January 15, 2011 in City

Police: Bad checks easy to spot

County official used correction fluid to hide thefts, detectives say
By The Spokesman-Review
 

A former Kootenai County chief deputy clerk accused of stealing nearly $140,000 over 10 years used correction fluid to try to cover her crimes, a police report alleges.

Detectives easily spotted the county checks Sandra Kay Martinson, 62, deposited into her personal account – they say all were less than $1,000 and in even $5 increments, while legitimate checks were for larger, uneven amounts.

“Additionally, it should be pointed out that nearly all of the checks written to legitimate vendors appear to be hand-signed with Sandra Martinson’s name,” police wrote. “All of the checks written to Sandra appear to be signed with (then Kootenai County Clerk) Dan English’s signature stamp.”

The report, released in redacted form by Kootenai County officials on Friday, portrays the alleged embezzlement as long-term and blatant. Martinson, who has not been arrested, has declined to comment. Her lawyer, Fred Loats, has not returned phone calls.

Martinson is to appear in Kootenai County 1st District Court on a grand theft charge at a later date. Kootenai County officials asked Bonner County authorities to handle the case because of Martinson’s nearly 35-year employment history with the county.

The criminal probe began after she retired in November and county senior auditor Keith Taylor said he noticed several county checks deposited into her personal account when reviewing a District Court clerk bank account she managed.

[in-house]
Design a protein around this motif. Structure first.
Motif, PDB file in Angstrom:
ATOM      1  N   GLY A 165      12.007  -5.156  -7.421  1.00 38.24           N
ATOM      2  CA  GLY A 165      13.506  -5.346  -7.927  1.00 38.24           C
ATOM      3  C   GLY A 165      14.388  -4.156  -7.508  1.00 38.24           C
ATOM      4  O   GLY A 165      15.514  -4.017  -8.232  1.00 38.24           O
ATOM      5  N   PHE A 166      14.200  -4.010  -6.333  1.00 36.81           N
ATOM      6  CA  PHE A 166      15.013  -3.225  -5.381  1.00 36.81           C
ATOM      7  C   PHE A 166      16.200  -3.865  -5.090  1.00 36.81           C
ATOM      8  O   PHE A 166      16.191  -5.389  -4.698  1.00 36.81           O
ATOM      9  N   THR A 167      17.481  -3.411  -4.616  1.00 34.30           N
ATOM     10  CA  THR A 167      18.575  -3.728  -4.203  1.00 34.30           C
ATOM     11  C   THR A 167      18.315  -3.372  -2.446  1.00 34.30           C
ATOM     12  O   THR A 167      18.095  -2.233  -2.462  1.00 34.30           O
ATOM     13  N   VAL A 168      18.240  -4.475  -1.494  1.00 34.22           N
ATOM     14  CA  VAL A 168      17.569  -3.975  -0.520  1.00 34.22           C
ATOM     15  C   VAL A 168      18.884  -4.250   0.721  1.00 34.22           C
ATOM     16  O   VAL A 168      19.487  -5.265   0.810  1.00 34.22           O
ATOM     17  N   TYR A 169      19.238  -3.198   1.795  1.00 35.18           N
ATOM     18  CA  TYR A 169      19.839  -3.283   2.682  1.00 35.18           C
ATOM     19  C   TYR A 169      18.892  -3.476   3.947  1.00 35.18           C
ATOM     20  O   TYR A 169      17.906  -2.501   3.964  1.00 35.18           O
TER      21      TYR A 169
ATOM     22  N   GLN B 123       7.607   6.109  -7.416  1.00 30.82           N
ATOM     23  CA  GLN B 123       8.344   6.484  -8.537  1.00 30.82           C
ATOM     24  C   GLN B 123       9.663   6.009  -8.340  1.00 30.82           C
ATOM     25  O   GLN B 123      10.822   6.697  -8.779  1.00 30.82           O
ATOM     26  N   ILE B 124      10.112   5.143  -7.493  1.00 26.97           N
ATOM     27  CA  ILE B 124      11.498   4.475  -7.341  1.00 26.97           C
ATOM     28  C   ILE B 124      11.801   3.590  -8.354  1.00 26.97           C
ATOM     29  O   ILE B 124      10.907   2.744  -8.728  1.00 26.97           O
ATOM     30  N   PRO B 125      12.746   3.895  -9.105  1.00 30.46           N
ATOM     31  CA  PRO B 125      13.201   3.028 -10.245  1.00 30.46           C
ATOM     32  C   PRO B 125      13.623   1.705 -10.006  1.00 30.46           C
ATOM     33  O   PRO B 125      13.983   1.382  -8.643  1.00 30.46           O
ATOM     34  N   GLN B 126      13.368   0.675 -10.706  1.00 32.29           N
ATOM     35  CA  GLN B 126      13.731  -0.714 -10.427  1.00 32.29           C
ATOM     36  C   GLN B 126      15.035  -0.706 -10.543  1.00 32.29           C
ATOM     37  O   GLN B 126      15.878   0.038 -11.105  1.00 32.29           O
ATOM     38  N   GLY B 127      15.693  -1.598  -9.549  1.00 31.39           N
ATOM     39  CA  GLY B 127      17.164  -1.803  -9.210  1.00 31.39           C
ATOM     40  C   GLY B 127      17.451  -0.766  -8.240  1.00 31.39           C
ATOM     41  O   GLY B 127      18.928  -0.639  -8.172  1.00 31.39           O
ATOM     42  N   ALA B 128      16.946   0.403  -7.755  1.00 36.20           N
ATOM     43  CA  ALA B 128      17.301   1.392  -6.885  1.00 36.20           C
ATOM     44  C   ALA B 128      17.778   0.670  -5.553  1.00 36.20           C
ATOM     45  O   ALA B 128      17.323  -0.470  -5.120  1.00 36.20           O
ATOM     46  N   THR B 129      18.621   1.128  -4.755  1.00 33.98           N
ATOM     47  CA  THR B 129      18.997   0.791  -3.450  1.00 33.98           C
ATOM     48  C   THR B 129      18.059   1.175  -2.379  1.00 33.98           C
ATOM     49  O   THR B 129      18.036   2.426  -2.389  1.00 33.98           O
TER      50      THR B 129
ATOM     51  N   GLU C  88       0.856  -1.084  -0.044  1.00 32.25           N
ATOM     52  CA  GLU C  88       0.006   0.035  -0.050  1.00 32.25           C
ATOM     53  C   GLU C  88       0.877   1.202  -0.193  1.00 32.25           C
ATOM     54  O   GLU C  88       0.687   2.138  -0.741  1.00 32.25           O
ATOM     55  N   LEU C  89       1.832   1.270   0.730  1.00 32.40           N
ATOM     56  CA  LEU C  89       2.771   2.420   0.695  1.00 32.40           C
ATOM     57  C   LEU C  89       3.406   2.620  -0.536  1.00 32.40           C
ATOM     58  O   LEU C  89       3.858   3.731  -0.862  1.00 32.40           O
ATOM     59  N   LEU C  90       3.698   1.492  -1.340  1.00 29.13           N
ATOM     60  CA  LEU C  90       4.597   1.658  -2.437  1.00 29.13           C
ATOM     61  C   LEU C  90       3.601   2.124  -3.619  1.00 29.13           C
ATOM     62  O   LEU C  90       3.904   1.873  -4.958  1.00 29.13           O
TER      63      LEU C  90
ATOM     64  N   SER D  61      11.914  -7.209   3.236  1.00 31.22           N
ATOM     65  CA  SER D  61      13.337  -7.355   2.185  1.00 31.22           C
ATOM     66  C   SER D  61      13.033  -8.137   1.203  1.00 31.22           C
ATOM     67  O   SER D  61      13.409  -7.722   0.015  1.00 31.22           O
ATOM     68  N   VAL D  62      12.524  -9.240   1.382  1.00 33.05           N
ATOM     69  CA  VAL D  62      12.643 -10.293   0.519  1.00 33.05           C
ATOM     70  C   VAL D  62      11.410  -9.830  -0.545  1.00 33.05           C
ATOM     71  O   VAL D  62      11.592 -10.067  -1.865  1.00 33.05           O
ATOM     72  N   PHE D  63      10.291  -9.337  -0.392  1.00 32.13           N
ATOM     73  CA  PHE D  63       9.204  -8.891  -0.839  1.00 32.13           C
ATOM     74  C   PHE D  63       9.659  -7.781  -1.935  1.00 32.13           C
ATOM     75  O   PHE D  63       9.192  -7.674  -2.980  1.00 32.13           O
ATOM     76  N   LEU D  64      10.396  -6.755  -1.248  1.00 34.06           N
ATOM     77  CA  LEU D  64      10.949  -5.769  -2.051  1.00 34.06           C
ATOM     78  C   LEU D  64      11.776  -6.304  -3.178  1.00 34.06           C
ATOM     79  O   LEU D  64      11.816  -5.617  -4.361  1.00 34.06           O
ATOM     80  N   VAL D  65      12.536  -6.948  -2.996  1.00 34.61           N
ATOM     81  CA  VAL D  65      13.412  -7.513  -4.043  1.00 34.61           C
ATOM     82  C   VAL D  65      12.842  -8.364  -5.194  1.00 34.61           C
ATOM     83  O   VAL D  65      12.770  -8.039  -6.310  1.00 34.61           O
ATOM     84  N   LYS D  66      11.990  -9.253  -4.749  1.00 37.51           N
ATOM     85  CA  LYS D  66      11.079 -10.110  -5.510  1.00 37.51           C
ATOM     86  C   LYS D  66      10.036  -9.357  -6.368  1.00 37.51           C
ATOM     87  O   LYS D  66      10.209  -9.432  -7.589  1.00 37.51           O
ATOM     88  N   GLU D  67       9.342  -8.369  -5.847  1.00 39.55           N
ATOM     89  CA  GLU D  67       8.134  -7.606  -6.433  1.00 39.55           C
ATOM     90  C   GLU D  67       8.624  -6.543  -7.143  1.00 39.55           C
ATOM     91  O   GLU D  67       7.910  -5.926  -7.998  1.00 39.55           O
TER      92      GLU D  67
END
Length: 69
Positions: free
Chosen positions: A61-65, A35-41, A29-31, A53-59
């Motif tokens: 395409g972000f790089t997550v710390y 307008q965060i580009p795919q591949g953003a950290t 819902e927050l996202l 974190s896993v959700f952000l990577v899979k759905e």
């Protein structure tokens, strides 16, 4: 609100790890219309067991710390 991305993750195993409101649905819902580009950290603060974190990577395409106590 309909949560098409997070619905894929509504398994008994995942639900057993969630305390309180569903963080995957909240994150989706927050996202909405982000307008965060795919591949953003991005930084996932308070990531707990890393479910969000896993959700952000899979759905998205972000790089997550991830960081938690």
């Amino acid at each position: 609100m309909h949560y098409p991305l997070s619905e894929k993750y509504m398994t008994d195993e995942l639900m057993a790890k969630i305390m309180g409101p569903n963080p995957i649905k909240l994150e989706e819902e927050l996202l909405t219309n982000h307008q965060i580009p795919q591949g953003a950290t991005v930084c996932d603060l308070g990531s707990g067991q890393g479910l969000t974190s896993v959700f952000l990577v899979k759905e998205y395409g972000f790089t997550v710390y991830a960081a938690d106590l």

Officials found copies of checks that had correction fluid covering Martinson’s name, “making it difficult to read, but still possible,” according to the report.

Martinson also covered her name with white correction fluid on bank statements and wrote in vendor names, the report alleges, then saved those copies instead of the cleared checks.

“This made it appear as though the checks Sandra wrote to herself were actually written to a valid vendor,” police wrote.

Taylor provided police with copies of checks Martinson wrote to herself from January 2004 to October 2010.

Police found at least one document that had “actual white-out type correction fluid over Sandra’s name and one can physically feel the raised surface,” police wrote.

Investigators found 212 checks written between 2000 and 2010 and ranging from $300 to $950.

English, who lost his re-election bid in November, said he and Martinson established that account in 1996 or 1997 to receive credit card payments of fines or fees, such as speeding tickets, according to previously published reports.

He said the money in the account then was distributed among agencies, including the court and the law enforcement agency that issued the ticket.

“Even the possibility that these allegations are true leaves me with a profound and deep sense of shock and violation,” English said when the investigation was announced in December.


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